Drew Mackie, co-host of the podcast Gayest Episode Ever and “a 38-year-old gay man who has watched The Simpsons basically his entire life,” has accomplished a feat that took him a year and offers a fascinating picture of the transformation of societal attitudes toward LGBT people. In an approximately 2 hours and 20 minutes, has chronicled every LGBTQ joke made on The Simpsons‘ 31 seasons (he’s waiting for the current season to finish before adding it).
“I tried to insert commentary in the video only when the clips didn’t speak for themselves, when it wouldn’t be immediately clear from the context what was LGBT-related and why I included it,” wrote Mackie. “In many cases, the footage has been sped up slightly or re-edited, both to evade YouTube’s copyright detector and to make the end product as short as I could make it. Did I learn anything from this? Well, had I picked King of the Hill or Seinfeld or whatever, I would have been done a lot sooner.”
“I did learn that LGBT jokes on The Simpsons fall into the following categories,” Mackie continued, “a reference to LGBT culture or homosexuality in general; implying that a character is LGBT; a minor character, usually anonymous, is styled to appear to be gay and offer up a line with stereotypical gay voice. (I say ‘gay’ because there really isn’t much of lesbian, bi or trans characters that do this. It’s just gay men.). That might seem like a ‘no duh,’ but it was interesting to see the difference between Homer being shocked by looking at a Robert Mapplethorpe book and Milhouse unknowingly saying or doing something that marks him as effeminate.”
Adds Mackie: “In putting it together, I realized that The Simpsons is unique in that it has focused on the same core of characters — voiced by the same group of actors and in some cases produced by people who have worked on the show sometimes for decades. As a result, tracking how the show deals with LGBT characters and issues might work as a reflection of how Americans themselves have evolved. I’ve been watching the show since the 1989 Christmas special, and as a result, the show introduced me to a lot of elements of gay culture that I wasn’t getting anywhere else. That’s been good in some instances, but often it also taught me bad lessons about what it means to be a gay person, in that way that happens when you’re young and your brain just absorbs everything without really understanding it. As it turns out, I didn’t grow up to be much like Smithers, but I still wanted to lay out everything the show offered me — the stuff that holds up today, the stuff that doesn’t age well, the stuff that maybe wasn’t great even back in the day — and let viewers decide for themselves what works and what doesn’t.”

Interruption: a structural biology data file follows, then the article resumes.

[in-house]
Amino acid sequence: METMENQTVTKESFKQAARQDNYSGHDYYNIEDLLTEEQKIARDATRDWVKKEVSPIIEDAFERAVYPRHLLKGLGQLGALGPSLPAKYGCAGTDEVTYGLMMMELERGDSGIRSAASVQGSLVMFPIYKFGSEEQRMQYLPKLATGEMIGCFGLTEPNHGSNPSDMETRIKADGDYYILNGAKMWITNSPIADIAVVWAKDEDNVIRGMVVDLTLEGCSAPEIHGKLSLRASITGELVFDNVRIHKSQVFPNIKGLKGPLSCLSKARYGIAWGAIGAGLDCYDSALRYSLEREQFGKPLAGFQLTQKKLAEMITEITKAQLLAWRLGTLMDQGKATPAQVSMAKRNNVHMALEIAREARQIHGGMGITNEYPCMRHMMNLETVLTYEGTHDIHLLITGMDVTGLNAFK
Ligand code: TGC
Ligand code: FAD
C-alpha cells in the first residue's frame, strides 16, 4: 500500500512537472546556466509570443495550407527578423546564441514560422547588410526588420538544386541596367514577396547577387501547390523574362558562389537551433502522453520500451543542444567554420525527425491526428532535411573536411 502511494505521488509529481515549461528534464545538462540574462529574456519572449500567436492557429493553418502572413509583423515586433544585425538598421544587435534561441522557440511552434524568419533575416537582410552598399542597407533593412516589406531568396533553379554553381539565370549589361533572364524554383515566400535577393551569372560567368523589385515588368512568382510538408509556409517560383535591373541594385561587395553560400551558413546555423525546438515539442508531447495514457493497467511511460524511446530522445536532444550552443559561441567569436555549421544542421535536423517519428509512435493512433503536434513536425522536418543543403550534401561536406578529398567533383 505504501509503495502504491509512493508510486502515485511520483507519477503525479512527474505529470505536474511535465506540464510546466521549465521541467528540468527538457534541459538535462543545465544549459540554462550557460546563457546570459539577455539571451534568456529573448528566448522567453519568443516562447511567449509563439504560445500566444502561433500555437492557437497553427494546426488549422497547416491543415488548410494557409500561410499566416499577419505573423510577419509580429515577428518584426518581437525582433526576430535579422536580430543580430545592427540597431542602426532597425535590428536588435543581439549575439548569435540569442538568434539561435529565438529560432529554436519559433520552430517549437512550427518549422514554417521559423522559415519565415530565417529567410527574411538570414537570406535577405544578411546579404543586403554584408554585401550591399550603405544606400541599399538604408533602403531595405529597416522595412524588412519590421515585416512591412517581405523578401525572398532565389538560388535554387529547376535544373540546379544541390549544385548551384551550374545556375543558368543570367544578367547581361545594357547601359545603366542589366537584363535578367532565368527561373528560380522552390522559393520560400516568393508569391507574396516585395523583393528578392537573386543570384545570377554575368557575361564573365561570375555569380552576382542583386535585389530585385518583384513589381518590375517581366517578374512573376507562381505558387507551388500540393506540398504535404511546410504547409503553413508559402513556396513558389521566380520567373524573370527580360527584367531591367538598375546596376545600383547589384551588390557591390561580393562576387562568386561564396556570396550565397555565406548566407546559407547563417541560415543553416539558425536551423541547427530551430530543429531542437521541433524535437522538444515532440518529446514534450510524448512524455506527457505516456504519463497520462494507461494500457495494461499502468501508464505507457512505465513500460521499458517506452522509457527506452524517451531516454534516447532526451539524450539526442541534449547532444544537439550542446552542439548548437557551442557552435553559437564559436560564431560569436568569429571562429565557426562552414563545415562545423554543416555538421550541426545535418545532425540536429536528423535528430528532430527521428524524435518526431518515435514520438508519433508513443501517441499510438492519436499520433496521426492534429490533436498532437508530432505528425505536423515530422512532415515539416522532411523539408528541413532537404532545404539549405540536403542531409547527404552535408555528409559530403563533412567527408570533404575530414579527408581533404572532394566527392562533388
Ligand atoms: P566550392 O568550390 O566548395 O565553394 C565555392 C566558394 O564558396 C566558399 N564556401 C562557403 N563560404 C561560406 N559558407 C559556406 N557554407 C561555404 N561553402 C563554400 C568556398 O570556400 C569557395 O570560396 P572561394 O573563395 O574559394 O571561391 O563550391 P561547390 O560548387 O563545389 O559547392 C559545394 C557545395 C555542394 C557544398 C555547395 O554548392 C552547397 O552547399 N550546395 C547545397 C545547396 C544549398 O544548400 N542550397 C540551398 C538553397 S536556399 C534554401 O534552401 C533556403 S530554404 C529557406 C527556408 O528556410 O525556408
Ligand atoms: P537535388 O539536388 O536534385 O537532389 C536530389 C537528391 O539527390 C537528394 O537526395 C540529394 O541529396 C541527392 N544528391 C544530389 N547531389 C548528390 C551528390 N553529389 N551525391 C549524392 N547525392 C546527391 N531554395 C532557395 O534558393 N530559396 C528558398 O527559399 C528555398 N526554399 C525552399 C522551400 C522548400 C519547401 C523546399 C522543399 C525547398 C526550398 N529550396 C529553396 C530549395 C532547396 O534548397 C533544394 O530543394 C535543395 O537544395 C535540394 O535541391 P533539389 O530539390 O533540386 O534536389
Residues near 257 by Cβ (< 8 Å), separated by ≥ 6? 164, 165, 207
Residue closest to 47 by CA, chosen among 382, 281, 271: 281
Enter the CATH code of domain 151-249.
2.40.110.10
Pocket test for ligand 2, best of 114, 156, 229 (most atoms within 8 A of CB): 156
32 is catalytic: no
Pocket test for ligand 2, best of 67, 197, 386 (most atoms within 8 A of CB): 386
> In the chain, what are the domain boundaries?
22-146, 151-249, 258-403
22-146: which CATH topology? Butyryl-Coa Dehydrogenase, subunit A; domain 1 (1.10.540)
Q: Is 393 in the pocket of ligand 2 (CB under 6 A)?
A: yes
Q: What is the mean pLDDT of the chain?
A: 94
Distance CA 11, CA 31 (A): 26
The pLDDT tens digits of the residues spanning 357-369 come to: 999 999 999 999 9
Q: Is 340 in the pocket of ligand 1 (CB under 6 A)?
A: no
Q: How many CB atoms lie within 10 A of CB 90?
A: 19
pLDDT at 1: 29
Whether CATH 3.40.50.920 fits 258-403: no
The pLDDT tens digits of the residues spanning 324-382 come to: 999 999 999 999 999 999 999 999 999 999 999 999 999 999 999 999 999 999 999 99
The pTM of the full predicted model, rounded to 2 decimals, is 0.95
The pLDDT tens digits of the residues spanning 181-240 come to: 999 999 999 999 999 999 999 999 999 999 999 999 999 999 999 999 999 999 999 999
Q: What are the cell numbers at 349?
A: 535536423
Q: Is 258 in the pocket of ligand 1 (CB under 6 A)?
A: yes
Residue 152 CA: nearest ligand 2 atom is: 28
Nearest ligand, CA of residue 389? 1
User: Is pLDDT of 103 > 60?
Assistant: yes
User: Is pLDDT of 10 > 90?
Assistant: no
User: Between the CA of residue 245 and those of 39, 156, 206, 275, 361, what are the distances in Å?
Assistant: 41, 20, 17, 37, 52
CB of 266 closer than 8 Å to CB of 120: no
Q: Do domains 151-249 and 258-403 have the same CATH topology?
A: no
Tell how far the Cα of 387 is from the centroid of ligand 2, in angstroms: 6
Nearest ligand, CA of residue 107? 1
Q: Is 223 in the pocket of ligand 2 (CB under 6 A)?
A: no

Check out Mackie’s podcast, Gayest Episode Ever.
“Also, the show has had different eras in which LGBT humor functions differently,” Mackie continued. “Again, that might seem obvious, but to me it was interesting to see how the show tracked societal attitudes toward LGBT people: from occasional references in early seasons because gay content was still taboo on broadcast TV to sometimes the majority of a given season having at least one LGBT joke per episode. As of the posting of this video, it’s rarer for an episode to make a one-off LGBT joke, either because it’s become more normalized for the people who make the show or because gay jokes are just told less often, generally speaking. It is worth pointing out, however, that the two most recent seasons of the show contain four separate episodes that a viewer might consider queer episodes: ‘Mad About the Toy,’ ‘Werking Mom,’ ‘Marge the Lumberjill’ and ‘Livin’ La Pura Vida.’ That’s a lot, and the LGBT humor featured in these episodes is more central to the plot — they’re tied to an LGBT character who’s part of the story. Regarding the T in LGBT, there’s a lot more that can be improved. The show may have progressed with how it uses gay and lesbian characters — Smithers and Patty in particular — but it hasn’t done much to represent transgender characters. Gayest Episode Ever looks forward to bringing more guests in for future episodes to discuss how successful the show’s attempts at trans jokes have been.”